In-house IROs are better than IR agencies at helping investors and analysts get a clear picture of a company, according to new academic research.
The list of benefits of having an in-house IRO include lower stock price volatility, lower analyst forecast dispersion, higher analyst forecast accuracy and quicker price discovery. These benefits are reportedly amplified if an IRO has been with a company for more than three years.
The study – produced by Kimball Chapman, assistant professor of accounting at Washington University’s John M Olin Business School; Gregory Miller, professor of accounting at the University of Michigan’s Ross School of Business; and Hal White, associate professor of accounting at Penn State’s Smeal College of Business – set out to explore whether the presence of an IRO helps investors and analysts better understand a company’s financials.
The report authors note several reasons to be skeptical about the influence of IROs, including the fact that they can’t disclose non-public information, that non-IR staff can – and do – host earnings calls, and that analysts can often disseminate information to the market on a company’s behalf.
To test the influence of IROs, the researchers examined public companies between 2002 and 2012, grouping them based on a variety of factors, including firm size, market-to-book ratio, leverage and earnings volatility. Their findings are clear.
‘Even when investors and analysts receive corporate disclosures or other news about the firm, they often need help understanding the implications of the information for company value,’ the report authors say. ‘That is, they need help assimilating the information. For example, an investor might learn through a firm’s disclosure that a particular firm plans to increase its capital expenditures, adjust its product mix, invest more in R&D, or increase its presence in a new region in the coming years.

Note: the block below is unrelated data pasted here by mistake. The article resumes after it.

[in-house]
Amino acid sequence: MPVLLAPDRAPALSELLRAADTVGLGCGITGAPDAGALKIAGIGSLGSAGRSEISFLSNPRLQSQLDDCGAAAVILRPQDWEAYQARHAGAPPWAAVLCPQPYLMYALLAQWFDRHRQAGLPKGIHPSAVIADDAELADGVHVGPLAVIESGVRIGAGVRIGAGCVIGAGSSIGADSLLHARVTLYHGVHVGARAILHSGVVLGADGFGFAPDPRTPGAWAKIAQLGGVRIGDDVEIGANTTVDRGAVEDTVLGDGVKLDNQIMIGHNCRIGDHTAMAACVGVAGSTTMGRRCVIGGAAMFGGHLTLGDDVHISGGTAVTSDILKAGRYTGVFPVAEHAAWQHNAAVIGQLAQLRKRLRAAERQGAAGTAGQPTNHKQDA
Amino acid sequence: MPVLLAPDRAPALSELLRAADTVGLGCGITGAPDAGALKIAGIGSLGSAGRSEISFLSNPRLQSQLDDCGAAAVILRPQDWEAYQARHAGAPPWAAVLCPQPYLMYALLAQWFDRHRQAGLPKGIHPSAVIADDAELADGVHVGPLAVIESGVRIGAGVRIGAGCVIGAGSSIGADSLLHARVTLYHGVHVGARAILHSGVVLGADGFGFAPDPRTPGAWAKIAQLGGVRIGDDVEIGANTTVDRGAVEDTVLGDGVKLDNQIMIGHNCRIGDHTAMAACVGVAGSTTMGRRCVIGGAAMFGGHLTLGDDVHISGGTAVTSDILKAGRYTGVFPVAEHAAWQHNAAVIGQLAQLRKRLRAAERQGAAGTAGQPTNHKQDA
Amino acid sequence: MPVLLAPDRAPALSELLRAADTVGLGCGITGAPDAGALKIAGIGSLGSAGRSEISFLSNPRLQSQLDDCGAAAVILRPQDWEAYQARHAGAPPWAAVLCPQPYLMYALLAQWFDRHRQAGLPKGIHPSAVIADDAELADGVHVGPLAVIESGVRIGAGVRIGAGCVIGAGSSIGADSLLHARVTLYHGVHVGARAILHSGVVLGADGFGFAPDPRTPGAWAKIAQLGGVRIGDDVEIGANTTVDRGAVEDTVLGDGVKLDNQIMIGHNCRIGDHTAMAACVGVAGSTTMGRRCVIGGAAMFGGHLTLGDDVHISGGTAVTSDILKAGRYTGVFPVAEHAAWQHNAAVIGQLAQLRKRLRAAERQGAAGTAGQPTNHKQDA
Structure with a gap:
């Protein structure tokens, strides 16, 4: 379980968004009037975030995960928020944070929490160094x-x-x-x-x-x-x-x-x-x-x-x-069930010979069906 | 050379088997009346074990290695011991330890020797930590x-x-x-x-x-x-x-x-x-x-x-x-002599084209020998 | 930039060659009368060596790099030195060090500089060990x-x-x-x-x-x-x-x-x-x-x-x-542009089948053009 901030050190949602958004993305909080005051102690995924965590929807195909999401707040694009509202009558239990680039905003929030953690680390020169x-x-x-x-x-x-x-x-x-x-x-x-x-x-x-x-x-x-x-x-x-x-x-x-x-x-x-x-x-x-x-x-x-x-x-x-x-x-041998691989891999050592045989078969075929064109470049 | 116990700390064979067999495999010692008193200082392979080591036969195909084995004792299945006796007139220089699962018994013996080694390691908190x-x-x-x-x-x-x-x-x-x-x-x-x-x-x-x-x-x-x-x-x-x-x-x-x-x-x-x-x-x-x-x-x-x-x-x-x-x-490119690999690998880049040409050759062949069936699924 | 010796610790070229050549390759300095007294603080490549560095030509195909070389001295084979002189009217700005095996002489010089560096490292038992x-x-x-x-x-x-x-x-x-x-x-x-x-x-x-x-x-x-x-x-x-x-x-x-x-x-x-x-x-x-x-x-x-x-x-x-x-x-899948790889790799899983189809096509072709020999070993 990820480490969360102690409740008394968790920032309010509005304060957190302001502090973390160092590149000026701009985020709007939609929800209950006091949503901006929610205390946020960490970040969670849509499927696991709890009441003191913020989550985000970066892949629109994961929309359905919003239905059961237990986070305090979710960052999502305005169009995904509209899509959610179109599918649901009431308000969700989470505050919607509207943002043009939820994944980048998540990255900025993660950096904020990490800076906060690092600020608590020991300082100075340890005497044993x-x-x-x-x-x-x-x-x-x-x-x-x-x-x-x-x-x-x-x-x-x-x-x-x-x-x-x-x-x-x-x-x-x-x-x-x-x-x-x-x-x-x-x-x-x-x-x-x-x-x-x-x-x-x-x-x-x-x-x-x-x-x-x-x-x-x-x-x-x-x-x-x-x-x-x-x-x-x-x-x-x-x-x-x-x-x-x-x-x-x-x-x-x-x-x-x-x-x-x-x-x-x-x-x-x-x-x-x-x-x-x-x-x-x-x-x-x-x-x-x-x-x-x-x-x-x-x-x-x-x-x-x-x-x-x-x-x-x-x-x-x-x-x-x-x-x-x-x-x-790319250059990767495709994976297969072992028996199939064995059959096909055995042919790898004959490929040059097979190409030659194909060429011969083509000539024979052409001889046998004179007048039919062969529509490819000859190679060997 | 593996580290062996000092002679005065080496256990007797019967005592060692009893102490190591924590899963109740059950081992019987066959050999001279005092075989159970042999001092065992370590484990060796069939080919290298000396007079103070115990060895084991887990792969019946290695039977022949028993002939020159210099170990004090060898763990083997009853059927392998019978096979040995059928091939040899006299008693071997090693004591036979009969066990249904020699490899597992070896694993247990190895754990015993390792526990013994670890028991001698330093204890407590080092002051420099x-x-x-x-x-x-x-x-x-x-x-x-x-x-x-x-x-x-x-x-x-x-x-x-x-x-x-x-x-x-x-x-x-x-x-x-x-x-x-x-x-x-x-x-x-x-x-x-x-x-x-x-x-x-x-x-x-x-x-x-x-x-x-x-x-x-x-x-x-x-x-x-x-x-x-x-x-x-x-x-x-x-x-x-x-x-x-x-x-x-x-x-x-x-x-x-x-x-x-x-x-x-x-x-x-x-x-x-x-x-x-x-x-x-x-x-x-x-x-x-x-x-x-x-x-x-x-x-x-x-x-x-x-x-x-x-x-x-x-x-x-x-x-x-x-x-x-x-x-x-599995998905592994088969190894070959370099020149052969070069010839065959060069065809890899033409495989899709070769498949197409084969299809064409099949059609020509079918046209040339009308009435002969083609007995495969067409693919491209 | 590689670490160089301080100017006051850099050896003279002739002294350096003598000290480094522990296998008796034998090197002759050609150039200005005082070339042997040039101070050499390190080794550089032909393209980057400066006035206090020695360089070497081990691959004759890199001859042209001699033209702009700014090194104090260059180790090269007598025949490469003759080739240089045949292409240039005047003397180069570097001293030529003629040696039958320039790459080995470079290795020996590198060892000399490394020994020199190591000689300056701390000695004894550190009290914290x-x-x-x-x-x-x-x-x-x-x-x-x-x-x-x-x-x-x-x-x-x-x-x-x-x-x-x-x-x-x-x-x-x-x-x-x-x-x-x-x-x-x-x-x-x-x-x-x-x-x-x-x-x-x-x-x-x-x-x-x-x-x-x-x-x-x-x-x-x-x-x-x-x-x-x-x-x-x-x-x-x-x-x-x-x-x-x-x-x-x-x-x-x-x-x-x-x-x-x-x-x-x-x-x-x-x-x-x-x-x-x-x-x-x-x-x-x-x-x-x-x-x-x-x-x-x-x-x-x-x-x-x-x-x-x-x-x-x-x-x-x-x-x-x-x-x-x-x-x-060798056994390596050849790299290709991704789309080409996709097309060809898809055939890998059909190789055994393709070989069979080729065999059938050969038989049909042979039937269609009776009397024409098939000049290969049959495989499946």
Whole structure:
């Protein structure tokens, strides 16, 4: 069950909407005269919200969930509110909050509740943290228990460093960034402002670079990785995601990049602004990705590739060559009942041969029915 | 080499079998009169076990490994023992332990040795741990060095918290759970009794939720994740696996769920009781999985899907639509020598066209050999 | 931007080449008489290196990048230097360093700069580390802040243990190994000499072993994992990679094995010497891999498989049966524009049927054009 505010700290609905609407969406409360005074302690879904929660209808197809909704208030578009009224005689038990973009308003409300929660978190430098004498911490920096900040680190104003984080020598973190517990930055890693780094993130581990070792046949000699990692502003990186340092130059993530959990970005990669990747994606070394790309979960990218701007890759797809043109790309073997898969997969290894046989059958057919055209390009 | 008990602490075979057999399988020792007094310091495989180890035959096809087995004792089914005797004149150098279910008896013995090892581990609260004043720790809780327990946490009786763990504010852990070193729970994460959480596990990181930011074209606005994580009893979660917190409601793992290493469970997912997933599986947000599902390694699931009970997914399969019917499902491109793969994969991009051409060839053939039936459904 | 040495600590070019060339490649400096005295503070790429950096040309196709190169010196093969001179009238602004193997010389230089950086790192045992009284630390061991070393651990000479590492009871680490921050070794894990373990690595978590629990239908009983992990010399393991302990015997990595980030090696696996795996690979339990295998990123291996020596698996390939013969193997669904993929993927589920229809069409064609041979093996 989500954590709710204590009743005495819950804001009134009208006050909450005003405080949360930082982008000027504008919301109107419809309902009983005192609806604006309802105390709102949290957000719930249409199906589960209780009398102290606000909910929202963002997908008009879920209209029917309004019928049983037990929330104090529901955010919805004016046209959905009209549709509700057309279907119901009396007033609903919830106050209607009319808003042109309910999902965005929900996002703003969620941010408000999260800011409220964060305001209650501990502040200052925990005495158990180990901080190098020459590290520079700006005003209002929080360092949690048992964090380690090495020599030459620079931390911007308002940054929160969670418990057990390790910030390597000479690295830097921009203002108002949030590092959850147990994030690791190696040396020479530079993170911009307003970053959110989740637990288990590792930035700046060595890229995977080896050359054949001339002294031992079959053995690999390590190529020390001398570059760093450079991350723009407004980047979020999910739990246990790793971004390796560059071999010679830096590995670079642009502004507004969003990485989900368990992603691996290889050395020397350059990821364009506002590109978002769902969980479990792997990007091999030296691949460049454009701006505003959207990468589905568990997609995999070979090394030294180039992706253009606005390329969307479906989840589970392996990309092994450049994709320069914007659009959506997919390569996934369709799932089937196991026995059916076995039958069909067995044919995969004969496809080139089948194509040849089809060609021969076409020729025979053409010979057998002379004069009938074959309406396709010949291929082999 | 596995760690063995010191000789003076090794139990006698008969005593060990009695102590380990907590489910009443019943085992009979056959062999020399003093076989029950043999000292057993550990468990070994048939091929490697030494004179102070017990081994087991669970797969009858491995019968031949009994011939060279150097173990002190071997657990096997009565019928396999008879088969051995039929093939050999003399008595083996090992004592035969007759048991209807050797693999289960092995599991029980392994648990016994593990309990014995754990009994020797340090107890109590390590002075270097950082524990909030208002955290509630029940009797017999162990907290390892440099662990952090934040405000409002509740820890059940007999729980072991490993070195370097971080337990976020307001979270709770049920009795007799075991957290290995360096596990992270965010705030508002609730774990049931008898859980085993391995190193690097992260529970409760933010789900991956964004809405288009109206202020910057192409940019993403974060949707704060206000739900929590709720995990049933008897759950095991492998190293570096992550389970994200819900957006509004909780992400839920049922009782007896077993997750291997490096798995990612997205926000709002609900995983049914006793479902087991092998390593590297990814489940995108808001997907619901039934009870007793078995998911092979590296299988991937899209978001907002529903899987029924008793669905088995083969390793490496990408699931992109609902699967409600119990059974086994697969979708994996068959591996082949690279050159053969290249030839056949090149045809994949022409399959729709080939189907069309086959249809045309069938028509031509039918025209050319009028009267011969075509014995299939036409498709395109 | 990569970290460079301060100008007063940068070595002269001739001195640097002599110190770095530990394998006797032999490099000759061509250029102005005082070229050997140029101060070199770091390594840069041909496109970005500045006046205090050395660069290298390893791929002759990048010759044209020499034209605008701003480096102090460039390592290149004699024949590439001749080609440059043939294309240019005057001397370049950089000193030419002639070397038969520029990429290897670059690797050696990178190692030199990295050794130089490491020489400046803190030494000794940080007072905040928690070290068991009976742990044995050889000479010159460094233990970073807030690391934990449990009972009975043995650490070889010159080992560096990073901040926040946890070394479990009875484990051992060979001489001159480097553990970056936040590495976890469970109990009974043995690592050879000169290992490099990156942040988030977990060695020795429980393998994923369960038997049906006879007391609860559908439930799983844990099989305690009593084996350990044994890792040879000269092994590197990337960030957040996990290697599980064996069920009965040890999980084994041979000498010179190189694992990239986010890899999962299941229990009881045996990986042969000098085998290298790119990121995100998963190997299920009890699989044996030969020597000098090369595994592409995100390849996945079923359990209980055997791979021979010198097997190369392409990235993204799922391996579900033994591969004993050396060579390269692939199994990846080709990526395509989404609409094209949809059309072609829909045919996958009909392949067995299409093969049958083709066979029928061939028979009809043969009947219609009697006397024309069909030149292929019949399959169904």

‘With each of these items, there will likely be some uncertainty as to the exact nature of the event or action and ultimately its implications for the firm. Thus, once investors and analysts receive information, they need help assimilating that information to understand it in a broader, more comprehensive context with respect to firm value.’
This study reveals similar findings to IR Magazine’s own research earlier this year, which finds that almost nine out of 10 members of the investment community will assign a premium to the share price of companies with a well-run IR program – and an even bigger discount to those with a substandard program.
The benefits of in-house IROs
When comparing companies without an IRO to those where the IRO had been there for more than a year, the researchers find the presence of an IRO leads to 2.5 percent lower stock price volatility, a 1.5 percent quicker price discovery process and analyst forecasts that are 14.4 percent more accurate, on average.
The report authors suggest IR plays a crucial role in controlling a company’s story and helping the Street to narrow in on important information, and that this is particularly needed as investors get their information from a broader range of sources.
‘Given that investors have limited resources and processing abilities, large volumes of information can ‘overload’ [them], which reduces their ability to fully process the information,’ the report authors write. ‘In addition to the deluge of corporate disclosure, there have been large increases in firm-related discussions from external parties in online forums, newsrooms and social media, as investors and pundits challenge management’s assertions and strategies.
‘These oft-times unvetted communications and opinions about firms can travel quickly across a broad set of market participants, which can have a significant impact on public perceptions, and thus valuation, of the firm.’
The longer the tenure, the bigger the impact
The researchers also examined the extent to which the tenure of an IRO has an impact. They find that when an IRO has been with a company for three years or more, the positive effects of having an in-house IRO are furthered.
Companies that have had the same IRO for more than three years show 3.6 percent lower stock volatility, their analyst coverage is 15 percent more accurate and analysts’ information is 15.5 percent less disperse than for companies without an IRO.
The report authors suggest this is because the longer an IRO stays with a company, the more he or she will come to be seen by the Street as an authority on the company. In addition, the personal relationships that are built up over time between IROs and the Street can lead to a clearer picture about a company’s stock.
The report authors conclude: ‘We provide evidence that (i) IR officers play an ongoing, long-term role in helping the market with assimilation, (ii) the tenure of the IR officer is significant in establishing more effective communication for enhanced assimilation, (iii) IR officers can help reduce uncertainty for market experts, such as institutional investors and analysts, which are known to have significant information resources already, and (iv) IR officers can help mitigate harmful contagion effects of bad news.’